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Media and Cosmopolitanism


Edited By Aybige Yilmaz, Ruxandra Trandafoiu and Aris Mousoutzanis

This collection of essays examines the relationship between the media and cosmopolitanism in an increasingly fragmented and globalizing world. This relationship is presented from multiple perspectives and the essays cover, amongst other themes, cosmopolitanization in everyday life, the mediation of suffering, trauma studies, and researching cosmopolitanism from a non-Western perspective.
Some of the essays explore existing research and theory about cosmopolitanism and apply it to specific case studies; others attempt to extend this theoretical framework and engage in a dialogue with the broader disciplines of media and cultural studies. Overall, this variety of approaches generates valuable insights into the central issue of the book: the role played by the media, in its various forms, in either encouraging or discouraging cosmopolitanist identifications among its audiences.
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Cosmopolitan Vision, Global Responsibility and Local Reporting in Ukraine


It is widely assumed nowadays that in order to respond effectively to environmental challenges, humanity must have ‘a particular ethical consciousness to orient social relationships toward the natural world’ (Cox 2007: 16). It is also assumed that because environmental issues cannot be contained within national borders, such ethical consciousness should be unbounded, that is, not restricted to national or local imaginations. Rather, it should be situated in universal moral principles, such as the ‘protonorm’ of truth (Christians 2010: 19). An important role in the formation of a global culture of responsibility, according to this cosmopolitan outlook, should be assigned to those elites who, being able to shape public opinion, can orient world publics toward integrative global thinking (Beck 2003). As members of a global professional group able to frame information for global audiences, journalists have the potential to play a special role in this project (Ward 2010). Paradoxically, however, in order to carry out the mission of cultivating a global ethical consciousness, journalists themselves must possess a cosmopolitan sense of responsibility and share some common supranational ethical norms (Couldry 2010).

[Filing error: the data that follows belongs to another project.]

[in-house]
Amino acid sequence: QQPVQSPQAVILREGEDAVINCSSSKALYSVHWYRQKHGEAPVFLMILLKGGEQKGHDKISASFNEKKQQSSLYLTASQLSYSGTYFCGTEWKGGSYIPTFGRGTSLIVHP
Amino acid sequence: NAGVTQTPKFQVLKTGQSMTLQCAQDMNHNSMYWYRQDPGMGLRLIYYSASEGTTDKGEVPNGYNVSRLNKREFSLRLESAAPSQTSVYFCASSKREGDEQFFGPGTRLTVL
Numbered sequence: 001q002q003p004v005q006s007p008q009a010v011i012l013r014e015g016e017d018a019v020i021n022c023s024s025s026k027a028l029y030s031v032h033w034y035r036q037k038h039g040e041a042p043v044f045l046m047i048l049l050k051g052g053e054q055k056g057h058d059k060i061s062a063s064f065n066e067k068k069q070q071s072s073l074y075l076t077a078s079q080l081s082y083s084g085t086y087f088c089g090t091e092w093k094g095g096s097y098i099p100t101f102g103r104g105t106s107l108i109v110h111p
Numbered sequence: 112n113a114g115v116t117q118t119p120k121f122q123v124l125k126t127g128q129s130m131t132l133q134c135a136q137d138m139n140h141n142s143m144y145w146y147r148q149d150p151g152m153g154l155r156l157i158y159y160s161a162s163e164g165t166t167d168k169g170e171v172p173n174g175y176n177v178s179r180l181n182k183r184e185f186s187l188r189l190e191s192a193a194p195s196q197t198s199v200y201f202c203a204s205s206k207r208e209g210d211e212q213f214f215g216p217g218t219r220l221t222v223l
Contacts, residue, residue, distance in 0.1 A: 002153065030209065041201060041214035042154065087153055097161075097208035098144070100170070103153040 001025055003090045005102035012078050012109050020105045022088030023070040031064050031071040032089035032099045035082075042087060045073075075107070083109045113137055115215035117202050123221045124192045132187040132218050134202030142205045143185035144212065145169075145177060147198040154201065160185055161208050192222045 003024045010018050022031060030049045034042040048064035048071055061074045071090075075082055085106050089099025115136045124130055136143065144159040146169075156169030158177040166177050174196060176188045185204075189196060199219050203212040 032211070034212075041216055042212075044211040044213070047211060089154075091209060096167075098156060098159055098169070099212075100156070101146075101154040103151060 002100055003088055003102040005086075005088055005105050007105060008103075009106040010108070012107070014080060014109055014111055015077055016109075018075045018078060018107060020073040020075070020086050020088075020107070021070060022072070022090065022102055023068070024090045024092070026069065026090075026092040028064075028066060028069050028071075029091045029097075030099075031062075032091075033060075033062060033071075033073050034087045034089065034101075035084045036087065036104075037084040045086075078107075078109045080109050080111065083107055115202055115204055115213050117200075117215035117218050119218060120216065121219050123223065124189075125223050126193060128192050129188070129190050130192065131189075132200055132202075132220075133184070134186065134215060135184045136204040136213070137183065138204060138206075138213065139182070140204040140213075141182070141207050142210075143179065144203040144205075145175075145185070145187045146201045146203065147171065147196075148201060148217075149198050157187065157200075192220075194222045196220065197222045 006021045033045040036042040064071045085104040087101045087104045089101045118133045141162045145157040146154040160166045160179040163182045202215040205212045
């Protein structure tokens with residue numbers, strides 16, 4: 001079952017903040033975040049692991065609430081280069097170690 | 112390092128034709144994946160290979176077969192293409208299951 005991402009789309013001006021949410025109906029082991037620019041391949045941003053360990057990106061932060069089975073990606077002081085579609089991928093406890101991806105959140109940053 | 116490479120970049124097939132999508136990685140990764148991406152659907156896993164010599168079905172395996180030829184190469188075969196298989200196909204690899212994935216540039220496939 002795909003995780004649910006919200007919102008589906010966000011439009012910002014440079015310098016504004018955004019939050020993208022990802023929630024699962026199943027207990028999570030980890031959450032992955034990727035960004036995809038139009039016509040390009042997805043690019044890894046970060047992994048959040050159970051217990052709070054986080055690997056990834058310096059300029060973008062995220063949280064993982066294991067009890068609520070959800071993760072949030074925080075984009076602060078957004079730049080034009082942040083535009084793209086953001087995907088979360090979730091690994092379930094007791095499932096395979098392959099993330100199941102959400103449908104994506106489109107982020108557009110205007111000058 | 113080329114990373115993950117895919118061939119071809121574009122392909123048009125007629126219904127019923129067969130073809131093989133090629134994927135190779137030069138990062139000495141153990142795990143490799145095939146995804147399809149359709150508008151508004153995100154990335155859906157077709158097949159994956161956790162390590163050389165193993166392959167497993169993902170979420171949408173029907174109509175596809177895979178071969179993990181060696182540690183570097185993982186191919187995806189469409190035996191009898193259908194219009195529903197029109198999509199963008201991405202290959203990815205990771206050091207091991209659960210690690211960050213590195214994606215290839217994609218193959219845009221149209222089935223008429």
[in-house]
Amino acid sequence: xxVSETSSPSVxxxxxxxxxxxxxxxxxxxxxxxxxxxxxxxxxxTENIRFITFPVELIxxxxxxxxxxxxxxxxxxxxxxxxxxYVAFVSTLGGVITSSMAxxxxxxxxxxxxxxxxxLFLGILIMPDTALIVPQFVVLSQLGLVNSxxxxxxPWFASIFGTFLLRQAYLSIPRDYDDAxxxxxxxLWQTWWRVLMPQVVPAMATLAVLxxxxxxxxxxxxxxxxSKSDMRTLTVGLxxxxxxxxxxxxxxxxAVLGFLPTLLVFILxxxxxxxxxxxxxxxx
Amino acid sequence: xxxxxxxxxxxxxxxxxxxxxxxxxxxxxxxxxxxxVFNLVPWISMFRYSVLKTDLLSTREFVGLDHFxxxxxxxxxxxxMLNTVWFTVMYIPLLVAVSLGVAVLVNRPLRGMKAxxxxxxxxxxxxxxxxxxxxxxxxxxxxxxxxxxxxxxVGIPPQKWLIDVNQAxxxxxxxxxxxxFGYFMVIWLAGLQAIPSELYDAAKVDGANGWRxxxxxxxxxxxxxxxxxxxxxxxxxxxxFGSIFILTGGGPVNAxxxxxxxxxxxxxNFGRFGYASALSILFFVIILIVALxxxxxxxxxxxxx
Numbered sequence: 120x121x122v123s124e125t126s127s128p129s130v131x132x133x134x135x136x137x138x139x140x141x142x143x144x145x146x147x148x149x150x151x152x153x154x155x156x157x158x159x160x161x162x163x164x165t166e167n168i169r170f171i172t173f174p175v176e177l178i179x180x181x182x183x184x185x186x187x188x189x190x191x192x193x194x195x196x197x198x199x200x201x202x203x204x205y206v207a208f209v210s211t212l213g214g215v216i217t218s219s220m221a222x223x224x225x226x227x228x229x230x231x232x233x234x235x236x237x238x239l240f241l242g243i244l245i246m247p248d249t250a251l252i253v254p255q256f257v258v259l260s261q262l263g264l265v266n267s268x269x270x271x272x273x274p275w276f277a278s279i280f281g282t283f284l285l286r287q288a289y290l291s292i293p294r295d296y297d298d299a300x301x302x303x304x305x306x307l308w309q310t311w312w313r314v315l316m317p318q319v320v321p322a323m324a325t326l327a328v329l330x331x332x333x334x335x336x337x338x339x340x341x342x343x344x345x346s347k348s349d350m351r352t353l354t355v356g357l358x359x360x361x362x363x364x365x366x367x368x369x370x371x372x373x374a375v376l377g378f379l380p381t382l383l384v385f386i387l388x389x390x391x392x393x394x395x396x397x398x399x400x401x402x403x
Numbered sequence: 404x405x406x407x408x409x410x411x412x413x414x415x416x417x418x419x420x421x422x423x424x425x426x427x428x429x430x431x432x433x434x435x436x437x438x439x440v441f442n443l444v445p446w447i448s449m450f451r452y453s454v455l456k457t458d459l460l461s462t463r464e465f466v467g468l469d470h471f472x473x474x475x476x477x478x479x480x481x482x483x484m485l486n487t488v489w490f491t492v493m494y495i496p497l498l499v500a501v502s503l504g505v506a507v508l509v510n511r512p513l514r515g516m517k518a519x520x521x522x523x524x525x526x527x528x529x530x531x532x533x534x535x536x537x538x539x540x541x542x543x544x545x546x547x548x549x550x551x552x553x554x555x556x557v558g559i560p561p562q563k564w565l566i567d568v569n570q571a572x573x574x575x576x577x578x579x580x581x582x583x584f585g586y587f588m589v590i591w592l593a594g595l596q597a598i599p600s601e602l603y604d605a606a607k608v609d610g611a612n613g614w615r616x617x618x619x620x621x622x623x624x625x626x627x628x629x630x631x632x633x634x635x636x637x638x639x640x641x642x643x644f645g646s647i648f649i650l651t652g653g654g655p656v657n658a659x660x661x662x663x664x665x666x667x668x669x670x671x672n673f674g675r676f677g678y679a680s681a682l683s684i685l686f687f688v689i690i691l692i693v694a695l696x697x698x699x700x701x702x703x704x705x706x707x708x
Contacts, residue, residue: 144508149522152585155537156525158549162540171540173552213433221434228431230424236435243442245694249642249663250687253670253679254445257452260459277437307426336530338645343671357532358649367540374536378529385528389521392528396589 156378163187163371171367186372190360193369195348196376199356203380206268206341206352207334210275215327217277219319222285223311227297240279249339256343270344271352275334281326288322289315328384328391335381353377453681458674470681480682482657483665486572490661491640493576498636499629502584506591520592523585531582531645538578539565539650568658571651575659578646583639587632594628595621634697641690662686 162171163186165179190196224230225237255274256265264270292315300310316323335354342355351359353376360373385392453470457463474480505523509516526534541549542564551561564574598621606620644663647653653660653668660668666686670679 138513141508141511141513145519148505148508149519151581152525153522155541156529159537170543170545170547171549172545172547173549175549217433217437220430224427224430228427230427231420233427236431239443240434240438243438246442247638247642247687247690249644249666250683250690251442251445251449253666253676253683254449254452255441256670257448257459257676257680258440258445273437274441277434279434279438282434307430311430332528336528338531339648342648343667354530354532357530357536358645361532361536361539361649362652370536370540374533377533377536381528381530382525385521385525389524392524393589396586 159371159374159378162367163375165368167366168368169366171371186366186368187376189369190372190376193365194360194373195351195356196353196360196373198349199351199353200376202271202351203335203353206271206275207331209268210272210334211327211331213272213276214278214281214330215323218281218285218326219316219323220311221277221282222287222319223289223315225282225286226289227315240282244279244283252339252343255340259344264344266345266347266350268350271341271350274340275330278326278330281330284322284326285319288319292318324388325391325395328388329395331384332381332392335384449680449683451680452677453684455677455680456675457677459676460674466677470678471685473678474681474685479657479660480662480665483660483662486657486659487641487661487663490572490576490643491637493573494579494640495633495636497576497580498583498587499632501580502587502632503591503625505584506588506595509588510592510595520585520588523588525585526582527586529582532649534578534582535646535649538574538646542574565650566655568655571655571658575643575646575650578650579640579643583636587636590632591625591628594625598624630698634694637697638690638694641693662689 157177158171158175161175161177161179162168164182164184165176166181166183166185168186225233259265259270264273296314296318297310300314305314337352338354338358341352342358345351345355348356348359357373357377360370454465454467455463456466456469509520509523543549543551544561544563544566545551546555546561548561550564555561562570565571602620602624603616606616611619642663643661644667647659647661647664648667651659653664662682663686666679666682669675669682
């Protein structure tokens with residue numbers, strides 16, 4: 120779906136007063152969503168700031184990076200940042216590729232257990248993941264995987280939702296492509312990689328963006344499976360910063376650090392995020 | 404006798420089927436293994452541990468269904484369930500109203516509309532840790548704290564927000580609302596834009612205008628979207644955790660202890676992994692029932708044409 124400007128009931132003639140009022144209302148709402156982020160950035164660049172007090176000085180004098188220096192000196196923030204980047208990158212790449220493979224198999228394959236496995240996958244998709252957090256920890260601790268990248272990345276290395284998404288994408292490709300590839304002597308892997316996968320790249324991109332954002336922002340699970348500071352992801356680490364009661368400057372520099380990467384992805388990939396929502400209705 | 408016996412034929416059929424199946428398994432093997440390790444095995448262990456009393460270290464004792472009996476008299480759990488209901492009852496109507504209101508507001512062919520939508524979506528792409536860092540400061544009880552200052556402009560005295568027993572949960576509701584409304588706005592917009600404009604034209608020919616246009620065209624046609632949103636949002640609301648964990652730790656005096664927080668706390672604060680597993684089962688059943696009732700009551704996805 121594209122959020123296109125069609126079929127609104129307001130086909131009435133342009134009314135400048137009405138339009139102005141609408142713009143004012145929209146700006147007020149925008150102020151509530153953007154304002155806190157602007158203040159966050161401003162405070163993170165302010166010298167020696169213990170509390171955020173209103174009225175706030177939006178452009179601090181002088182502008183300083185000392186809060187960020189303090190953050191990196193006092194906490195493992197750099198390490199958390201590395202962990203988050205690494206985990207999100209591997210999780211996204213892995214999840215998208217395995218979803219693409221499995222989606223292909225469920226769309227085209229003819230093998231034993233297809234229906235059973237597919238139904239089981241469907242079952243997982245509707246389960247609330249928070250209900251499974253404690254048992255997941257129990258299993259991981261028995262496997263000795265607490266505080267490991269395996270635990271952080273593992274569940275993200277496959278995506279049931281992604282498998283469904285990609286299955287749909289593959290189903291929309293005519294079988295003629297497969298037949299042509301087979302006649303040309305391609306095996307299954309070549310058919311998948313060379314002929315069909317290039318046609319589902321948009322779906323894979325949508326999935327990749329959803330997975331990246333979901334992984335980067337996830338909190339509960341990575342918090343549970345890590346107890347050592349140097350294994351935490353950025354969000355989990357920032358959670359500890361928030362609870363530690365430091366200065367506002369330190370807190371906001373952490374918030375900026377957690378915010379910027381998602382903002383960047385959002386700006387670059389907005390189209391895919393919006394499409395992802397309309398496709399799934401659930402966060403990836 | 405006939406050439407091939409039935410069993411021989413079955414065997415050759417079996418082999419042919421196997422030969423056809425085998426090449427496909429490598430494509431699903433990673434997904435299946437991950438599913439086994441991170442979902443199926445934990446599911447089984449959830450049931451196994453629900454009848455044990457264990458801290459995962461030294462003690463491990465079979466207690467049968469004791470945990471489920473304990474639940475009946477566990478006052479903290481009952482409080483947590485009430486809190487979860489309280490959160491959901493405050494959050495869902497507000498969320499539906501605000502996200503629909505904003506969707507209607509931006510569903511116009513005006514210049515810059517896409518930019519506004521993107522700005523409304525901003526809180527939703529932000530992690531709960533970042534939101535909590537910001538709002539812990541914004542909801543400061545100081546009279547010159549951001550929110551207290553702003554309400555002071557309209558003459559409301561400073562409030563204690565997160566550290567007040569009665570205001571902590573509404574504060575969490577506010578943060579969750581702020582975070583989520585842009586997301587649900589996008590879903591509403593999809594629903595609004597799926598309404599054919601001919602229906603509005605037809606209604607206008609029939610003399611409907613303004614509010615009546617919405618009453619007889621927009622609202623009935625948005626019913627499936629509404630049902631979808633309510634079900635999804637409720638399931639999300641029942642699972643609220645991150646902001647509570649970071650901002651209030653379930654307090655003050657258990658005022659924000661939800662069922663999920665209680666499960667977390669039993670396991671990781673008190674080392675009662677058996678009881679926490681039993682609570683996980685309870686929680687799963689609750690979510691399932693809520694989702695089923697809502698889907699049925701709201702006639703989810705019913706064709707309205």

This chapter1 presents a case study on how Ukrainian journalists in the city of Kharkov framed for their audiences a local case of deforestation – the decision of the Kharkov municipal council to cut down trees in a local recreation area. Because this case of deforestation can be considered a part of a global problem of sustainability, we are interested in whether Kharkov ← 207 | 208 → journalists frame...

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